The European Experience with Cogeneration
Since 1997, the European Union (EU) has been creating a legal and regulatory framework for the encouragement of cogeneration as an instrumental and accessible tool in its effort to promote energy efficiency and a sustainable future. Cogeneration – the generation of both heat and electricity in one plant using the same fuel – relies on “recycling” excess heat energy which would normally be vented out as exhaust. Combined heat and power (CHP) plants offer significant reductions in energy losses and have achieved production efficiencies as high as 95%, compared with a world wide average of about 34% in electricity-only plants.
With Europe’s energy sector accounting for close to 30% of total EU greenhouse gas emissions, improvements in generation efficiencies are a key component of EU environmental policy. The European Commission (EC), in its 1997 Communities Strategy, set an overall target of doubling the share of electricity production from cogeneration in the EU to 18% by 2010 which would result in an estimated yearly reduction of over 65 Mt of CO2 emissions. The EU expects cogeneration to be the single most important contributing factor in meeting its Kyoto targets.
Although historically Denmark generated most of its energy from coal, coke, wood, and pelt, during the 1960s it gradually switched to cheap imported oil. By 1972 Denmark derived 90% of its energy from oil imports. During the energy crisis in 1973 when oil prices rose to previously unseen heights, Denmark’s policy makers acknowledged the nation’s vital interest in energy independence. Cogeneration was identified as a cornerstone of the Danish energy conservation strategy in 1975. Three decades of responsible and dedicated policymaking have paid off: between 1980 and 2005, the share of CHP in the total electricity produced in Denmark doubled from less than 20% in 1980 to 42.6% in 2006, and the share of CHP in heat provision increased to 75%; this has resulted in a 15% decrease in CO2 emissions a year.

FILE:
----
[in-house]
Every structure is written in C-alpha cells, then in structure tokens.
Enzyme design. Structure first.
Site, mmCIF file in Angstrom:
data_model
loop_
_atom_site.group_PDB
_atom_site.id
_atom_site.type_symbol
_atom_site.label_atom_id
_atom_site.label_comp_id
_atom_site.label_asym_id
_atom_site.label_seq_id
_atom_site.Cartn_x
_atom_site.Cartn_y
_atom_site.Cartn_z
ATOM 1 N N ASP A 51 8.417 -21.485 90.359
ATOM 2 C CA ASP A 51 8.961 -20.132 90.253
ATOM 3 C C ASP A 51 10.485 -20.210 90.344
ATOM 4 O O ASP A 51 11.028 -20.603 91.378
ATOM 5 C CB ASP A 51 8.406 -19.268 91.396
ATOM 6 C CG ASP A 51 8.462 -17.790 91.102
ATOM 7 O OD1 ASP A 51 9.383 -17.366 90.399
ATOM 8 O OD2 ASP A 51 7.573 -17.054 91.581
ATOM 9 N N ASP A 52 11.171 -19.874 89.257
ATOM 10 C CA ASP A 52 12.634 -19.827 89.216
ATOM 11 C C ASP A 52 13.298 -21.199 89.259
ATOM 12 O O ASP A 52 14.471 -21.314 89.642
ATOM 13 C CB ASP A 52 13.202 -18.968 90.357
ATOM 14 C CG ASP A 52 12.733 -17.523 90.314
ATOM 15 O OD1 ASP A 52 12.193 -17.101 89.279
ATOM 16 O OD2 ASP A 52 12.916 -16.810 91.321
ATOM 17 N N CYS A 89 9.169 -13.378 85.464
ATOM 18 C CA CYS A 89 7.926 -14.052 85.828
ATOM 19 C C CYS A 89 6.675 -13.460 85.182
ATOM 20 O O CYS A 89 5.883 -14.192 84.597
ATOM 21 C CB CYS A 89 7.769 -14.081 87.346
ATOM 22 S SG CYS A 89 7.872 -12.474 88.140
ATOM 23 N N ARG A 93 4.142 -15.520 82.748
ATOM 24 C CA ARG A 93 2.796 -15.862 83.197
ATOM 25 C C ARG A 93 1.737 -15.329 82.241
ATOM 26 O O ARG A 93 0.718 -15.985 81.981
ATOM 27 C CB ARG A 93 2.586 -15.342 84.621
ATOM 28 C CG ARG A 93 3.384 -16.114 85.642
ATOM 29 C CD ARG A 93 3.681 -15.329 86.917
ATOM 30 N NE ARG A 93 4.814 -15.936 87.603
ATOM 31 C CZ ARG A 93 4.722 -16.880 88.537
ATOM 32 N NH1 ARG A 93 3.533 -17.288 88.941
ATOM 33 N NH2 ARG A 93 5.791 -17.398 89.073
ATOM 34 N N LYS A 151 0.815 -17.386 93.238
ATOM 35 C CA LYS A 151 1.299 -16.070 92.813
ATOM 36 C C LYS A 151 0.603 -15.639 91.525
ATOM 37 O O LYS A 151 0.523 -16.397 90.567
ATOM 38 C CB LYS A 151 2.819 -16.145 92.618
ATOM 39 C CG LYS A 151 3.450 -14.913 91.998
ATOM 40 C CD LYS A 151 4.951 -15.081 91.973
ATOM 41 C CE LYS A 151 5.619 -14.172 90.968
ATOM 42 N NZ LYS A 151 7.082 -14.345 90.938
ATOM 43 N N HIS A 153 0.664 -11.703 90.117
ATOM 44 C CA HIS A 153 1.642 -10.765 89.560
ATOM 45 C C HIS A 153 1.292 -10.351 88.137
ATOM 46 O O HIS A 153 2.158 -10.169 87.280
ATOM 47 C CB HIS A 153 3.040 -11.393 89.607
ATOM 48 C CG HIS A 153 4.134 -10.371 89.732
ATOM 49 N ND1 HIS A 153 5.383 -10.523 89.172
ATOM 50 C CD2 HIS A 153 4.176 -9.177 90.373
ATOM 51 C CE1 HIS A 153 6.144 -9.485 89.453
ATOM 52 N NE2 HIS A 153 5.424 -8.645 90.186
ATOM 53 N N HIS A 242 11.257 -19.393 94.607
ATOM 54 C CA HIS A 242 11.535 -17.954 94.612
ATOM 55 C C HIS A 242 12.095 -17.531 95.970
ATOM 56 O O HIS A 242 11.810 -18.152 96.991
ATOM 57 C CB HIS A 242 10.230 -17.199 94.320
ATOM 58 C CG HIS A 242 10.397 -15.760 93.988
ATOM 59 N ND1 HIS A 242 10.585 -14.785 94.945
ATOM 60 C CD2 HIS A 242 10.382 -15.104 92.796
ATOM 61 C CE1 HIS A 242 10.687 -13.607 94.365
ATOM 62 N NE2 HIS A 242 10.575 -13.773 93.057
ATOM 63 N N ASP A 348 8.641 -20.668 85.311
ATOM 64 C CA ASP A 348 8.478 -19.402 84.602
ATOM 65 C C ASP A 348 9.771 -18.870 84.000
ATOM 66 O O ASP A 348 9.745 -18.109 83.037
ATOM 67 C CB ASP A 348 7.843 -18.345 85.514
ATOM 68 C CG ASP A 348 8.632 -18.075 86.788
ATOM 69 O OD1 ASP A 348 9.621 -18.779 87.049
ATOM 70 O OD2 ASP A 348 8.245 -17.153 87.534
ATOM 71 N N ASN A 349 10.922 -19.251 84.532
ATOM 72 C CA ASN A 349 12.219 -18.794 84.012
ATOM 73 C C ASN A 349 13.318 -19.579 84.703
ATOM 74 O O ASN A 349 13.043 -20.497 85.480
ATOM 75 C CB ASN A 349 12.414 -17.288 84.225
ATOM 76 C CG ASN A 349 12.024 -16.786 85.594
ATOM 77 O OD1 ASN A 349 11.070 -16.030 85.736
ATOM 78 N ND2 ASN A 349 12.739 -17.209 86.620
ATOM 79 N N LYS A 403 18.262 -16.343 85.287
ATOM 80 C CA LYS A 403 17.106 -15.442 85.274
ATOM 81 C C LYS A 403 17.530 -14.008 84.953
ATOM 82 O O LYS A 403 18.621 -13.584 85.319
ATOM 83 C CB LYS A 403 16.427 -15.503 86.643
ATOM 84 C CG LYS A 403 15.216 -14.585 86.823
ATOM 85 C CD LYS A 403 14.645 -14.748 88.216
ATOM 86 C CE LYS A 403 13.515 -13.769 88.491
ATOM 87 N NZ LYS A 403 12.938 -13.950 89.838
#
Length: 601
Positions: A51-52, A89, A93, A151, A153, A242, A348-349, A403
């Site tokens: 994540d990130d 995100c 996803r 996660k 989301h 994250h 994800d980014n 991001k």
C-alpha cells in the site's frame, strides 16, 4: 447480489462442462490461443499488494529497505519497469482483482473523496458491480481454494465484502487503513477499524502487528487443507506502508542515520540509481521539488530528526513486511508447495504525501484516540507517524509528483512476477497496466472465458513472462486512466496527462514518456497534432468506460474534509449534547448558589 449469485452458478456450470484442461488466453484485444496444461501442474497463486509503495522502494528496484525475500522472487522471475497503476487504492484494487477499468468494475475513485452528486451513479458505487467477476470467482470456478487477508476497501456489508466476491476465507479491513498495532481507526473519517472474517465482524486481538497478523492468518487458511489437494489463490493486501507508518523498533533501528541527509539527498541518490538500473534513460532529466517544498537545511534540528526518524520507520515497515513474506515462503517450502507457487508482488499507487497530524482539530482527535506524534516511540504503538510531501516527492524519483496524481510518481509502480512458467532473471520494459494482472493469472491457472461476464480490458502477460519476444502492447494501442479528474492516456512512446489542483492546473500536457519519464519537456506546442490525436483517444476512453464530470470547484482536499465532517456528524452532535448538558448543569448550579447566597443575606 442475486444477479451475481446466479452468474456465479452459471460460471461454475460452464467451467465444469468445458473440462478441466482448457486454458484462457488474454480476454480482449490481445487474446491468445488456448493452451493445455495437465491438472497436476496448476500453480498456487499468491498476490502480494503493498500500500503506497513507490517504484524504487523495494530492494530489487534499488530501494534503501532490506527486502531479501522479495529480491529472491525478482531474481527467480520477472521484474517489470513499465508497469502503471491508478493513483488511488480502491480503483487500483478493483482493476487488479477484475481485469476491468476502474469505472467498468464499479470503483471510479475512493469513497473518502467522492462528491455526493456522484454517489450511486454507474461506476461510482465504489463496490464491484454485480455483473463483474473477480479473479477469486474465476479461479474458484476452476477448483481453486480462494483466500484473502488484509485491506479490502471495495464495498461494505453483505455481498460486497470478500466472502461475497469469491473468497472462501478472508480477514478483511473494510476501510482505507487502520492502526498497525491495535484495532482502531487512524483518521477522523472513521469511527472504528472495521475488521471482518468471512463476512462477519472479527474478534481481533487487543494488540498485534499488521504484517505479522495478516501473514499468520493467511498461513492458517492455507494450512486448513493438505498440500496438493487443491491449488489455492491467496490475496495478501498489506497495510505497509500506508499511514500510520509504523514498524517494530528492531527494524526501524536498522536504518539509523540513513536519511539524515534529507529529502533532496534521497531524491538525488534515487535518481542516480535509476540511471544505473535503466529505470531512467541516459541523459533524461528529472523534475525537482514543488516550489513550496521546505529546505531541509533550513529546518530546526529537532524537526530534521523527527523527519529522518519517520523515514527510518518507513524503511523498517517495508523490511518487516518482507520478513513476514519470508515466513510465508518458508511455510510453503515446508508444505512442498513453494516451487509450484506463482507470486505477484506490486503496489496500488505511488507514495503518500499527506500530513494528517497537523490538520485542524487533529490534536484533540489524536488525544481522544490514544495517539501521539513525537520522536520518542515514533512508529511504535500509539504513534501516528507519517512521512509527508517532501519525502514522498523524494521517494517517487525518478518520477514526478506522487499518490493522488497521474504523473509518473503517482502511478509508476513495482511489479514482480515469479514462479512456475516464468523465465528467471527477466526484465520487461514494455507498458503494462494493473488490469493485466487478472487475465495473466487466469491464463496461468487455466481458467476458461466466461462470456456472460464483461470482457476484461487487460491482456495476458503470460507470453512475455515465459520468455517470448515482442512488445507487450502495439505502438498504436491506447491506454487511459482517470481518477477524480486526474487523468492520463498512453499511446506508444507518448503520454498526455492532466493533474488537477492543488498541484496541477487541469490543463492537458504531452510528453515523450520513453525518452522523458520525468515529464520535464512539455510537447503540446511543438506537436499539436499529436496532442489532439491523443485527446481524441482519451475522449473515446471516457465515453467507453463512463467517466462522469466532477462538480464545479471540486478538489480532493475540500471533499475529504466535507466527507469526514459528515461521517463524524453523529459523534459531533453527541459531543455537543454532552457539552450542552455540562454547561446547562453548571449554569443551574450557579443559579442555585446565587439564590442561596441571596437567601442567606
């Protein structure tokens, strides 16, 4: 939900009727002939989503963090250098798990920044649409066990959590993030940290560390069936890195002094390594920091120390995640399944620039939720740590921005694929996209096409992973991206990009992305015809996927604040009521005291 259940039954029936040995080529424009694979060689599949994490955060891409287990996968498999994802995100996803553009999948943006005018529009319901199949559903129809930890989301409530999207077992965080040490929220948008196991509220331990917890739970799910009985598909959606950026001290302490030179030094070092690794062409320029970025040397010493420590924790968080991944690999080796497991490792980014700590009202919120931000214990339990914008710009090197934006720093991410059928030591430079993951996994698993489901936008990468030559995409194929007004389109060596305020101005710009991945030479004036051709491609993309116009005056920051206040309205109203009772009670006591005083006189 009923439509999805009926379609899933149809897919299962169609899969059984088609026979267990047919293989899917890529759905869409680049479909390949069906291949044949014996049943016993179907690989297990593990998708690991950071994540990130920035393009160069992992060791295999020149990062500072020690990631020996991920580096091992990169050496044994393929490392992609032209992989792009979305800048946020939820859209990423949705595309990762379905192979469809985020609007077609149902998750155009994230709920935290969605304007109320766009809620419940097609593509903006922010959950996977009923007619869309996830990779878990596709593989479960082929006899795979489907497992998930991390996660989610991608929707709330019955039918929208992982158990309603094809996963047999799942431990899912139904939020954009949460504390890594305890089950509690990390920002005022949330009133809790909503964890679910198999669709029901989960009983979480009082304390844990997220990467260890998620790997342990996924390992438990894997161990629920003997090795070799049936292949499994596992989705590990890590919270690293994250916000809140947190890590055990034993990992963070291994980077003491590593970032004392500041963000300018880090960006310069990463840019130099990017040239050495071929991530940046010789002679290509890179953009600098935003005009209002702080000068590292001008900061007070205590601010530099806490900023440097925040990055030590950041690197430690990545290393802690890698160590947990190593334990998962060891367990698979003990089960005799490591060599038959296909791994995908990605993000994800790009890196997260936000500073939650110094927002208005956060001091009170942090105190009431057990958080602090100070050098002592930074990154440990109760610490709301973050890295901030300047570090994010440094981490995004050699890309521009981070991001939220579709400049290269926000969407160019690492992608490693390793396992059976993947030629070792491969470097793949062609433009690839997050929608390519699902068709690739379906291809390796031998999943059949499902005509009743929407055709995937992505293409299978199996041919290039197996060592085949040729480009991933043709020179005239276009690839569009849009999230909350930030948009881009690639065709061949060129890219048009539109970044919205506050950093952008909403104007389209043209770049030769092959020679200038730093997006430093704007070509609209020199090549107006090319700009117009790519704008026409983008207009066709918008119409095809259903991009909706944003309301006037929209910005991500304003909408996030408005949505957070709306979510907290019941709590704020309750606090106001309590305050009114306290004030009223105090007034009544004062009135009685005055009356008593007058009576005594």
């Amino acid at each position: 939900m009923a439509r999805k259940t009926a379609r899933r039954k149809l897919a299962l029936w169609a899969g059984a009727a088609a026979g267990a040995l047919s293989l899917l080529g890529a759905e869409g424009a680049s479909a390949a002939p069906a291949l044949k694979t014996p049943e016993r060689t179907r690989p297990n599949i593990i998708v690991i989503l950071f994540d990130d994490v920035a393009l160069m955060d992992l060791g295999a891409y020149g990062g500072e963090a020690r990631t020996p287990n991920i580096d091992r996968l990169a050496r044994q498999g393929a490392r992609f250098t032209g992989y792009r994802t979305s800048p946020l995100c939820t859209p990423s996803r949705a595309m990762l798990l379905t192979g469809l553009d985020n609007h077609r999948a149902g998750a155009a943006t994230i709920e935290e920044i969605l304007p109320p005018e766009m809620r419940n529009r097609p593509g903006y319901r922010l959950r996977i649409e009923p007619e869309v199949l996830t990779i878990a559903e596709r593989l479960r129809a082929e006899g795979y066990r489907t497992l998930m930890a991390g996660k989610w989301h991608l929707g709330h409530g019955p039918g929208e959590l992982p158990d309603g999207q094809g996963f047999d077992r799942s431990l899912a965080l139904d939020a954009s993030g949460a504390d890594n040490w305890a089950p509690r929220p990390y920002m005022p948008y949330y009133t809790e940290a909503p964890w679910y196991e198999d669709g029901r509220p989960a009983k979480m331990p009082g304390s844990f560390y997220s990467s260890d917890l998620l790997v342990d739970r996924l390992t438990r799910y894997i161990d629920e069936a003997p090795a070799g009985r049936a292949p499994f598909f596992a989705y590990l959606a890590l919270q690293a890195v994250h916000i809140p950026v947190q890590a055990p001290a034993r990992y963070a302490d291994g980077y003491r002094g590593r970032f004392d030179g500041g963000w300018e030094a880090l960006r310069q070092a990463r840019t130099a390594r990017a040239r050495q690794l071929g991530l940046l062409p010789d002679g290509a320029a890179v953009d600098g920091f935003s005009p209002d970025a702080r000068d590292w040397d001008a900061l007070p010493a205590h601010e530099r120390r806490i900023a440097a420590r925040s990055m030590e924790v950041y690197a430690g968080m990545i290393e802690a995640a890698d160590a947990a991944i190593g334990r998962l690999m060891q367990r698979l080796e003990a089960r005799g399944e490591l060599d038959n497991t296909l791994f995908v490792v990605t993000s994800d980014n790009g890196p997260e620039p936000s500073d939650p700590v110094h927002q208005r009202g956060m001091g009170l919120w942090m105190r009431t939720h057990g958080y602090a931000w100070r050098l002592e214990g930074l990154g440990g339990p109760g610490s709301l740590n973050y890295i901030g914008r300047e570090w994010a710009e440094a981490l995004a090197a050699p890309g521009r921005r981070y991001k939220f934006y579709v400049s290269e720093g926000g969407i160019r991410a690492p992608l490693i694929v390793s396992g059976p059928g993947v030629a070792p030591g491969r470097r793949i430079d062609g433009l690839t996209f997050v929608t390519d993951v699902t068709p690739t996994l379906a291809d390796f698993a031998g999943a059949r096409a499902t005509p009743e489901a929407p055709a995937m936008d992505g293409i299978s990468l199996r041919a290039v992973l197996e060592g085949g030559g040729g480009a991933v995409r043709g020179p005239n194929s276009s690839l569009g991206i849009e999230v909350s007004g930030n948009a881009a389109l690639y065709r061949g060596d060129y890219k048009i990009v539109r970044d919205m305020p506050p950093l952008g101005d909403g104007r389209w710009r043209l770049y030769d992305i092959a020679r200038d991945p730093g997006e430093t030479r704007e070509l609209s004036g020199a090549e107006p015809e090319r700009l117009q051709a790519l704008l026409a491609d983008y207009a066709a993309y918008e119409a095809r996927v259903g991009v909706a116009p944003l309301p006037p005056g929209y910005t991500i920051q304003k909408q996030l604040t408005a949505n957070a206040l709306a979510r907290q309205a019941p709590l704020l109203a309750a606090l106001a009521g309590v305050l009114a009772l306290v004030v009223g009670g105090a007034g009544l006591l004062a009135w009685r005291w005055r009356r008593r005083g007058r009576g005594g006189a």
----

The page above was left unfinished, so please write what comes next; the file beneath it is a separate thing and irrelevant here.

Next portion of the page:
Denmark’s extensive heating demands through a large part of the year qualified the country as a prime candidate for cogeneration. By 1973 Denmark had built over 200 district heating (DH) networks, which generate heat at a central location and distribute it to households and commercial heating systems. This is oftentimes more efficient and less polluting than individual heating, especially in densely populated areas. The earliest phase of CHP development capitalized on the well-developed DH network in Denmark. The Energy Plan adopted in 1976 set a clear trend of switching from oil consuming power plants to coal-fired CHP and the 1979 Heat Law provided the needed market to make CHP profitable. Cities in Denmark were divided into areas suitable for DH and those more suitable for the traditional individual provision heating through natural gas. Households in identified areas were mandated to connect to the DH grid, which was made a local monopoly exempted from all competition when natural gas use was restricted and electric heating banned. This promoted the building of large centralized CHP plants near cities in Denmark to supply the district heating systems with their excess heat. Denmark’s ten major cities with city-wide DH now have 95-98% of their heat produced in such large CHP plants. The increased investment and operational costs were paid for by the consumers who have in turn saved on heating fuel costs.